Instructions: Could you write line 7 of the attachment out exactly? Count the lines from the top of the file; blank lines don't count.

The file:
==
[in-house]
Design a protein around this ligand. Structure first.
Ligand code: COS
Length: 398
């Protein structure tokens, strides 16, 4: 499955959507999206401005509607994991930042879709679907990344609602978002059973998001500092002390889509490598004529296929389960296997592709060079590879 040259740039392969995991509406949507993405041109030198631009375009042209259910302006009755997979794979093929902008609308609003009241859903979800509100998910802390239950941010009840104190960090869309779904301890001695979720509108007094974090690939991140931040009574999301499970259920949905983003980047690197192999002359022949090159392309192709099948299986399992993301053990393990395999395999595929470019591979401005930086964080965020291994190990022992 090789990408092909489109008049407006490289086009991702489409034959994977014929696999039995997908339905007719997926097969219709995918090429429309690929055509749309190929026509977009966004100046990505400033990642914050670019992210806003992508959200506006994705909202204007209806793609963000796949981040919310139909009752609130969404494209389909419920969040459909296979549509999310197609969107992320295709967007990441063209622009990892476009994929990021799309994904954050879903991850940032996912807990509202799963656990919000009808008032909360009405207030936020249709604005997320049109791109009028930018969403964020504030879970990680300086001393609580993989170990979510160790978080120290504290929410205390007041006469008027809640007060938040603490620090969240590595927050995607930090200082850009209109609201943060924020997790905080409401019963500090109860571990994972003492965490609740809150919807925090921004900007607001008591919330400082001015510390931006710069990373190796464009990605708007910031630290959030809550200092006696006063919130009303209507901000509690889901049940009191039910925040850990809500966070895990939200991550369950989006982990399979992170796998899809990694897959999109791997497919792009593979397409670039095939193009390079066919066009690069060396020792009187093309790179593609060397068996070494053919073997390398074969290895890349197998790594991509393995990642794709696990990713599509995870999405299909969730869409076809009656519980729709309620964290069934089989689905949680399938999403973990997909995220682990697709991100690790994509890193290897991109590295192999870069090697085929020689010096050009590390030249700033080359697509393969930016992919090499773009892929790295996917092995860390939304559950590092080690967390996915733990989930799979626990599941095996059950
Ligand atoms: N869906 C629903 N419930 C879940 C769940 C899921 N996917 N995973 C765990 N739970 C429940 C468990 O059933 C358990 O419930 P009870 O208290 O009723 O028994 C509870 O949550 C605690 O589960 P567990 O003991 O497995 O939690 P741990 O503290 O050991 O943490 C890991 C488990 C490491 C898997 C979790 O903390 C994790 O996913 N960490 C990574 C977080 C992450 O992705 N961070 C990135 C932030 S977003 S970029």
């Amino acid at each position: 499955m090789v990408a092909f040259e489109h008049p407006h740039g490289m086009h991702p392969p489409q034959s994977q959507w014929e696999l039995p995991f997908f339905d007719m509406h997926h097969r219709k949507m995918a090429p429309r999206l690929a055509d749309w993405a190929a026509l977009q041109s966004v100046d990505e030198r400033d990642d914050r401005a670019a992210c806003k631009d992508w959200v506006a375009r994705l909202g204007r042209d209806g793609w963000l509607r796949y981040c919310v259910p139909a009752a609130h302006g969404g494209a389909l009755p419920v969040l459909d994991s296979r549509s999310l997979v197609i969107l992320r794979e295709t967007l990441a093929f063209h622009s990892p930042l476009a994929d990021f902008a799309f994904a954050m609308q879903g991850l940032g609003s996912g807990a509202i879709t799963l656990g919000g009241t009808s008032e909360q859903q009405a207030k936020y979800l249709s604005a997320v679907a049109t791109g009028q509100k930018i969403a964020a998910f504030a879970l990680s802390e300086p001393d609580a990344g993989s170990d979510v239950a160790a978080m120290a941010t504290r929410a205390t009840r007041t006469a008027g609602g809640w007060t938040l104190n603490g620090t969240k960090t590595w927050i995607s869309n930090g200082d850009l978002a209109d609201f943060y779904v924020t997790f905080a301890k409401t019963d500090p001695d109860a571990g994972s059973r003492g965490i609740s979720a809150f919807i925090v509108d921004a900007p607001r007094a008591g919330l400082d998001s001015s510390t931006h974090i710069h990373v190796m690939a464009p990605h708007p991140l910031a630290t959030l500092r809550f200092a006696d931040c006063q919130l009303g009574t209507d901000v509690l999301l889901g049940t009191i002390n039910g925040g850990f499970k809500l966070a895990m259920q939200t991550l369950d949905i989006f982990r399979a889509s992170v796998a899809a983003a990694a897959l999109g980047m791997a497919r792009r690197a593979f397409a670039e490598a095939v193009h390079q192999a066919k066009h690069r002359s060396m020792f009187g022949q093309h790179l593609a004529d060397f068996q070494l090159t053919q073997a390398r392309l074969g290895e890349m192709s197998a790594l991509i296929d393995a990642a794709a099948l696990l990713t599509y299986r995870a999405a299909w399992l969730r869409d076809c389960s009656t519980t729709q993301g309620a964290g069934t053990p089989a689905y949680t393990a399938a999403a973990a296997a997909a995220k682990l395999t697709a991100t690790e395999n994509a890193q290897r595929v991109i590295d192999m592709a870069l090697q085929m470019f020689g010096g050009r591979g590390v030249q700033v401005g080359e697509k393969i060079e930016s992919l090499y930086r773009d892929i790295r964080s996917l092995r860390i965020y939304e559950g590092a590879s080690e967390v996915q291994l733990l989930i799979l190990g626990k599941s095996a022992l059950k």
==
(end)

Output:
């Amino acid at each position: 499955m090789v990408a092909f040259e489109h008049p407006h740039g490289m086009h991702p392969p489409q034959s994977q959507w014929e696999l039995p995991f997908f339905d007719m509406h997926h097969r219709k949507m995918a090429p429309r999206l690929a055509d749309w993405a190929a026509l977009q041109s966004v100046d990505e030198r400033d990642d914050r401005a670019a992210c806003k631009d992508w959200v506006a375009r994705l909202g204007r042209d209806g793609w963000l509607r796949y981040c919310v259910p139909a009752a609130h302006g969404g494209a389909l009755p419920v969040l459909d994991s296979r549509s999310l997979v197609i969107l992320r794979e295709t967007l990441a093929f063209h622009s990892p930042l476009a994929d990021f902008a799309f994904a954050m609308q879903g991850l940032g609003s996912g807990a509202i879709t799963l656990g919000g009241t009808s008032e909360q859903q009405a207030k936020y979800l249709s604005a997320v679907a049109t791109g009028q509100k930018i969403a964020a998910f504030a879970l990680s802390e300086p001393d609580a990344g993989s170990d979510v239950a160790a978080m120290a941010t504290r929410a205390t009840r007041t006469a008027g609602g809640w007060t938040l104190n603490g620090t969240k960090t590595w927050i995607s869309n930090g200082d850009l978002a209109d609201f943060y779904v924020t997790f905080a301890k409401t019963d500090p001695d109860a571990g994972s059973r003492g965490i609740s979720a809150f919807i925090v509108d921004a900007p607001r007094a008591g919330l400082d998001s001015s510390t931006h974090i710069h990373v190796m690939a464009p990605h708007p991140l910031a630290t959030l500092r809550f200092a006696d931040c006063q919130l009303g009574t209507d901000v509690l999301l889901g049940t009191i002390n039910g925040g850990f499970k809500l966070a895990m259920q939200t991550l369950d949905i989006f982990r399979a889509s992170v796998a899809a983003a990694a897959l999109g980047m791997a497919r792009r690197a593979f397409a670039e490598a095939v193009h390079q192999a066919k066009h690069r002359s060396m020792f009187g022949q093309h790179l593609a004529d060397f068996q070494l090159t053919q073997a390398r392309l074969g290895e890349m192709s197998a790594l991509i296929d393995a990642a794709a099948l696990l990713t599509y299986r995870a999405a299909w399992l969730r869409d076809c389960s009656t519980t729709q993301g309620a964290g069934t053990p089989a689905y949680t393990a399938a999403a973990a296997a997909a995220k682990l395999t697709a991100t690790e395999n994509a890193q290897r595929v991109i590295d192999m592709a870069l090697q085929m470019f020689g010096g050009r591979g590390v030249q700033v401005g080359e697509k393969i060079e930016s992919l090499y930086r773009d892929i790295r964080s996917l092995r860390i965020y939304e559950g590092a590879s080690e967390v996915q291994l733990l989930i799979l190990g626990k599941s095996a022992l059950k």